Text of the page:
In pushing back the debut of its high-profile country-music drama “Monarch” until the fall, Fox is depriving one of the network’s prized newcomers one of the biggest launching pads in television.
“Monarch,” which features a cast including Susan Sarandon, Trace Adkins and Anna Friel, was originally supposed to premiere Jan. 30 at 10 p.m. ET. That would put it right after Fox’s broadcast of the NFL’s NFC Championship Game. That honor is now going to Gordon Ramsay’s “Next Level Chef” — which premiered to big numbers after a football double-header on January 2. Fox cited production delays related to COVID as its reason for delaying “Monarch.”
But how big of a launch pad is “Monarch” giving up? The last two NFC Championship Games have averaged more than 42 million viewers. Still, Fox believes it’s more important to guard against the pandemic throwing more wrenches into the show’s production timeline.
“The show is too important to us. It has too much potential,” Fox entertainment president Michael Thorn told TheWrap during a wide-ranging conversation. “We don’t want to be in a position where COVID is deciding the show’s fate.”
Thorn also discussed the loss of “Thursday Night Football” and whether “9-1-1” has “NCIS”-level franchise potential. The following conversation has been edited and condensed for clarity:
Regarding the “Monarch” delay, you cited COVID-related production issues. Have there been positive tests on set that have forced you to stop and start production, or is it more that you wanted to make sure you’d have a full season to show before you premiered it?
It’s both. We we’ve had a couple COVID scares. We have not had any serious shutdowns yet. We’ve just had to rearrange the production schedule, but as you know, just across the industry, including our other shows, COVID is impacting us all and it’s really intense right now.
We have a show that we love. It’s obviously our first fully-owned Fox drama, and we took a step back and we looked at the decision at its most simplistic point, which is, “If we have a shutdown, are we willing to risk a spotty schedule?” Meaning an inconsistent air pattern and/or making creative compromises back into that schedule? And what we realized was the show is too important to us. It has too much potential. We don’t want to be in a position where COVID is deciding the show’s fate. And because we’re smaller, and it’s a little more nimble, we realized we could move it to the fall. We would have all the episodes and we could take advantage of the long lead time.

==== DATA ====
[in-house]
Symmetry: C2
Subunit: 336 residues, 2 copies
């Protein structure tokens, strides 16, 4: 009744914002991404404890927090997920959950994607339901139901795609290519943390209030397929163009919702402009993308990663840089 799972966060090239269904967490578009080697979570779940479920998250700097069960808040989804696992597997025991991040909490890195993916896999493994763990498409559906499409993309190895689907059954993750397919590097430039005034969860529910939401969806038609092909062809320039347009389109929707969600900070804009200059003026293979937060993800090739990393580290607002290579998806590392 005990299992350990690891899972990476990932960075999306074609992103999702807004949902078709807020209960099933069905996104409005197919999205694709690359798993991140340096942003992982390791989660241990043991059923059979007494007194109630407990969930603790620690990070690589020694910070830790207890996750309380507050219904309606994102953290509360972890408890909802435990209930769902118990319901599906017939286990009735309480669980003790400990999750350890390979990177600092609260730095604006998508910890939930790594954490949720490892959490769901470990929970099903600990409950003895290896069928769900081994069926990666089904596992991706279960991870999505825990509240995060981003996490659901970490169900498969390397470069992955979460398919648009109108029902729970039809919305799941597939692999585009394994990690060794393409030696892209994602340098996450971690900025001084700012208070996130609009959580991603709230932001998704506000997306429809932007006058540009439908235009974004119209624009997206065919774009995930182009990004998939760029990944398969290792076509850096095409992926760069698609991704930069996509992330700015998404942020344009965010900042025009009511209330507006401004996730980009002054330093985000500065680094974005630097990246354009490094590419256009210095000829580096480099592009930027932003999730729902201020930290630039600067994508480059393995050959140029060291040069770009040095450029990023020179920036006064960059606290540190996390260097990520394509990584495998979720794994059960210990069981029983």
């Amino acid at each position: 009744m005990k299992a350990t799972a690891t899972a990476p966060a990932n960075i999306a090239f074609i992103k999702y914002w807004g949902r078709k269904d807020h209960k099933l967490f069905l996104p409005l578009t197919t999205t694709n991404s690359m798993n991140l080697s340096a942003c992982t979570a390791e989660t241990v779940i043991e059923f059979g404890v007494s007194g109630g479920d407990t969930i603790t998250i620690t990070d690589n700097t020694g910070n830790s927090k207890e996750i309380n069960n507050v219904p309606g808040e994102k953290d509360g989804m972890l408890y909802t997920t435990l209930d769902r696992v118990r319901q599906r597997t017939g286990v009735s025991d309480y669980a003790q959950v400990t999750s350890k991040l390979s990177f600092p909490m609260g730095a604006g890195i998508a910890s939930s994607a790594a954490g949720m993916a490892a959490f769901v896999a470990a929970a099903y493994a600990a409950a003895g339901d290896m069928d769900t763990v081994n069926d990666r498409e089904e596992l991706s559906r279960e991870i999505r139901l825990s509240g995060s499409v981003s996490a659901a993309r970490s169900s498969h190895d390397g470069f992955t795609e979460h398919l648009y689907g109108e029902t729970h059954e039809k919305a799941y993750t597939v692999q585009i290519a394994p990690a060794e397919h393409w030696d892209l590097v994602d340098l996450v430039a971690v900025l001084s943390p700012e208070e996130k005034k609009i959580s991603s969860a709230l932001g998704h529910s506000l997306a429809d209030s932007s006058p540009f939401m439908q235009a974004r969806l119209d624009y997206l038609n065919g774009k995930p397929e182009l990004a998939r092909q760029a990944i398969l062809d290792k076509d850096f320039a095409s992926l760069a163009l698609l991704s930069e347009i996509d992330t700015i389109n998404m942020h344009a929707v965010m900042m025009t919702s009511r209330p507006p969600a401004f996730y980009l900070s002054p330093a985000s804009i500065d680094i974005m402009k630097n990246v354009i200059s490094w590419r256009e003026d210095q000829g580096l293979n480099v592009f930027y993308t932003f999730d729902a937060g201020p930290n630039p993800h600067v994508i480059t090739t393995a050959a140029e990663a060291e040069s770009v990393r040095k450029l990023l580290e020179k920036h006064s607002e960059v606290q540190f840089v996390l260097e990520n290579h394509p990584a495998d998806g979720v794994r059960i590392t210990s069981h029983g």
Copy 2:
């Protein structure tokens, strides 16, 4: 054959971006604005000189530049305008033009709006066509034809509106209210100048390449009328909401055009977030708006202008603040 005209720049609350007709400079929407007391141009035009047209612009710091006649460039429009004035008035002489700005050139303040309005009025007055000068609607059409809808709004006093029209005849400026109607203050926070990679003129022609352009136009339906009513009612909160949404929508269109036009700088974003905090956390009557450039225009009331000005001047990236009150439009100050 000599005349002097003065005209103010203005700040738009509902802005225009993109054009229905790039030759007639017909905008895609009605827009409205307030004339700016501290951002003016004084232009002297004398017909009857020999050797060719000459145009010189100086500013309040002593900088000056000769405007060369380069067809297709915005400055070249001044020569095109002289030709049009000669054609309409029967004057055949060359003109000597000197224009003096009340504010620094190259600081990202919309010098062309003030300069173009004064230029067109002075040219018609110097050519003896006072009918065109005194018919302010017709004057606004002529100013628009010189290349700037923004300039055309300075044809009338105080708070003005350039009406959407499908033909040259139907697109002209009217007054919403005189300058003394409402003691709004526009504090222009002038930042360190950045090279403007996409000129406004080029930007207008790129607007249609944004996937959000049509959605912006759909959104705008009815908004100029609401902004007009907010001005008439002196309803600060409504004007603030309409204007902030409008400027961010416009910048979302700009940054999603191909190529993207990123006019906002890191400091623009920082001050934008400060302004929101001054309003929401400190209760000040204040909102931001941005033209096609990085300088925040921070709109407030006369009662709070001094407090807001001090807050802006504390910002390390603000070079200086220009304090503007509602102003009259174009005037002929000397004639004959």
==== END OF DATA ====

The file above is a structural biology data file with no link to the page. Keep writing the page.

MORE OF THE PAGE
Fox is putting the first seven episodes of the docu-comedy series “Welcome to Flatch” on digital platforms, including Hulu. Is that something you are looking to do more of?
We’ve never done this before. And the reason we’re doing it is because one of the things that we pride ourselves on is trying to offer each show their own kind of curated experience. Launching any show right now is hard, especially comedy. I certainly believe that launching a comedy is a long game, and so what we’re doing at Fox is trying to look at alternative ways to launch shows in this crazy environment.
And so we thought that on a show that we truly loved and that our feeling is the more episodes you watch, the more you fall in love with these characters, which I think happens on most promising comedies, we can try something different: Allow our audience to access the show through our platform and our linear model, but also give the audience another way to sample the show. The goal being to use both strategies to hopefully create conversation around the show that gets more sampling. By the time we get halfway through the season, maybe we will have shortcut a greater path to success.
Was there any thought to including Tubi as part of this digital rollout?
What we wanted to do, to be honest, was start with the partners we already have, and those partners embraced it. And I think once that happened, it felt like “OK, let’s lean into that. Let’s see if we can make it work.” Will Tubi be a part of “Flatch’s” future? It absolutely could be. But the thinking really was: We’ll start with the partners we have and see where it goes.
Going into next season, for first time in five years you won’t have “Thursday Night Football.” Not only that, but you’ll have to program against it. How are you thinking about programming Thursday nights throughout the whole season?
It’s a great question. It’s something that we’re talking a lot about. We look at that as an opportunity. Right now, we’re looking at the night holistically to see what can we do to advantage ourselves now that we kind of have a “new” night. I don’t have anything to share, other than to say we’re obviously talking a lot about it and are going to try and capitalize on it and, strategically, see it as an opportunity to launch new shows.
“9-1-1” has been really a successful show, and the “Lone Star” spinoff has also done really well. Do you look at “9-1-1” as a potential franchise in the same way that CBS looks at “NCIS” and “CSI”?
We definitely do. We’ve certainly talked about a third [series], just generally with 20th [Century production company] and the producers. There’s nothing specific to announce yet. But we were so proud of the shows. They do an incredible job with both “9-1-1” and “Lone Star,” by making them feel like they’re both from the same universe, but unique in giving them individual characteristics. We would be open to doing another one, the producers just have to find the right way to do it. In a way that they’re as equally excited about it.